North Korean prisoner escaped after 23 brutal years

Born in a prison camp, Shin Dong-hyuk describes how three generations of a family are incarcerated if one family member is considered disloyal

The following is a script from "Three Generations of Punishment" which aired on Dec. 2, 2012 and was rebroadcast May 19, 2013. Anderson Cooper is the correspondent. Andy Court, producer.

North Korea's young dictator Kim Jong Un has gotten a lot of attention lately for testing nuclear weapons and long range missiles, and threatening to attack the United States if provoked.

Tonight, we're going to focus on something North Korea's leader doesn't want the world to see: a place so brutal and horrific it's hard to believe it actually exists. It is, by all accounts, a modern-day concentration camp, a secret prison hidden in the mountains, 50 miles from North Korea's capital, Pyongyang. It's called Camp 14, and according to human rights groups, it's part of the largest network of political prisons in the world today. Some 150,000 people are believed to be doing hard labor on the brink of starvation in these hidden gulags. But it's not just those who have been accused of political crimes, it's their entire families -- grandparents, parents, and children -- a practice called "three generations of punishment."

Very little was known about Camp 14 until a young man showed up in South Korea with an extraordinary tale to tell. His name is Shin Dong-hyuk and, as we first reported in December, he said he had not only escaped from Camp 14, but he was born there. He's believed to be the only person born and raised in the camps who's ever escaped and lived to tell about it.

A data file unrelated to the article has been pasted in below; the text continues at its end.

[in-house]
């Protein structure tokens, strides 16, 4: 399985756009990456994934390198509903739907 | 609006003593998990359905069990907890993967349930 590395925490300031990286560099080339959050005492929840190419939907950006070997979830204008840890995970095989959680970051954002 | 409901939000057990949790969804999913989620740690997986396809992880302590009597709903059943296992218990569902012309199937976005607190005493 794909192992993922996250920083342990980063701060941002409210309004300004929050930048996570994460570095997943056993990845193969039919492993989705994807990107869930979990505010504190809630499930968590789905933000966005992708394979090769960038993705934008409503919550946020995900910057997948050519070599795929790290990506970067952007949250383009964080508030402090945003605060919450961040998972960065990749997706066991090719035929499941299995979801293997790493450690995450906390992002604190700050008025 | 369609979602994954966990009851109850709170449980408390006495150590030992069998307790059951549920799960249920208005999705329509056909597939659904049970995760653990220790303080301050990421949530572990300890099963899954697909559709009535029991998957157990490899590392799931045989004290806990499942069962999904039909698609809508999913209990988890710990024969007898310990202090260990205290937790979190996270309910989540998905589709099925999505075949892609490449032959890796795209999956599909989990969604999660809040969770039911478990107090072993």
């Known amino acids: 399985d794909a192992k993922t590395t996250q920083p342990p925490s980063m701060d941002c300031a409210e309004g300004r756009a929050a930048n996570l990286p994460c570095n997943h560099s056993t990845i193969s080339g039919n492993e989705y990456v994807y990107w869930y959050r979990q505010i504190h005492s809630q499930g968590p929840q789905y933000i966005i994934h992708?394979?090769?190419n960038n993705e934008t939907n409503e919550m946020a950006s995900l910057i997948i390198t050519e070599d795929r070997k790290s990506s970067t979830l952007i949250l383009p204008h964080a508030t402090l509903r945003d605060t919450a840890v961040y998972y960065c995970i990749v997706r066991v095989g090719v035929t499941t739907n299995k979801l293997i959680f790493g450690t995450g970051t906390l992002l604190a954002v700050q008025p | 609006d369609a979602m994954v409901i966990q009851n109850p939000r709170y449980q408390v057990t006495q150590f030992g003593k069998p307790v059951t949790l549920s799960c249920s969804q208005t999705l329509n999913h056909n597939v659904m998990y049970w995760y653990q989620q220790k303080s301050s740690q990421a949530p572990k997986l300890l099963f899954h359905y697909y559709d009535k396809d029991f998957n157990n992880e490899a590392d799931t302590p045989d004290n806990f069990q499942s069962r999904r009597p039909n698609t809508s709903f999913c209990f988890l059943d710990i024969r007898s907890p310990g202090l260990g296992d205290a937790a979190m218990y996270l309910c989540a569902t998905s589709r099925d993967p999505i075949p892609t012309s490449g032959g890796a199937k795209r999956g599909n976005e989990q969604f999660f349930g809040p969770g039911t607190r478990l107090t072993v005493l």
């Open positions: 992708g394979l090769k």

Anderson Cooper: Did anybody ever explain to you why you were in a camp?

Shin Dong-hyuk: No. Never. Because I was born there I just thought that those people who carry guns were born to carry guns. And prisoners like me were born as prisoners.

Anderson Cooper: Did you know America existed?

Shin Dong-hyuk: Not at all.

Anderson Cooper: Did you know that the world was round?

Shin Dong-hyuk: I had no idea if it was round or square.

Camp 14 was all that Shin Dong-hyuk: says he knew for the first 23 years of his life. These satellite images are the only glimpse outsiders have ever gotten of the place. Fifteen thousand people are believed to be imprisoned here -- forced to live and work in this bleak collection of houses, factories, fields, and mines, surrounded by an electrified fence.

Anderson Cooper: Growing up, did you ever think about escaping?

Shin Dong-hyuk: That never crossed my mind.

Anderson Cooper: It never crossed your mind?

Shin Dong-hyuk: No. Never. What I thought was that the society outside the camp would be similar to that inside the camp.

Anderson Cooper: You thought everybody lived in a prison camp like this?

Shin Dong-hyuk: Yes.

Shin told us that this is the house where he was born. His mother and father were prisoners whose marriage, if you could call it that, was arranged by the guards as a reward for hard work.

Anderson Cooper: Did they live together? Did they see each other every day?

Shin Dong-hyuk: No. You can't live together. My mother and my father were separated and only when they worked hard could they be together.

Anderson Cooper: Did they love each other?

Shin Dong-hyuk: I don't know. In my eyes we were not a family. We were just prisoners.

Anderson Cooper: How do you mean?

Shin Dong-hyuk: You wear what you're given, you eat what you're given, and you only do what you're told to do. So there is nothing that the parents can do for you and there's nothing that the children can do for their parents.

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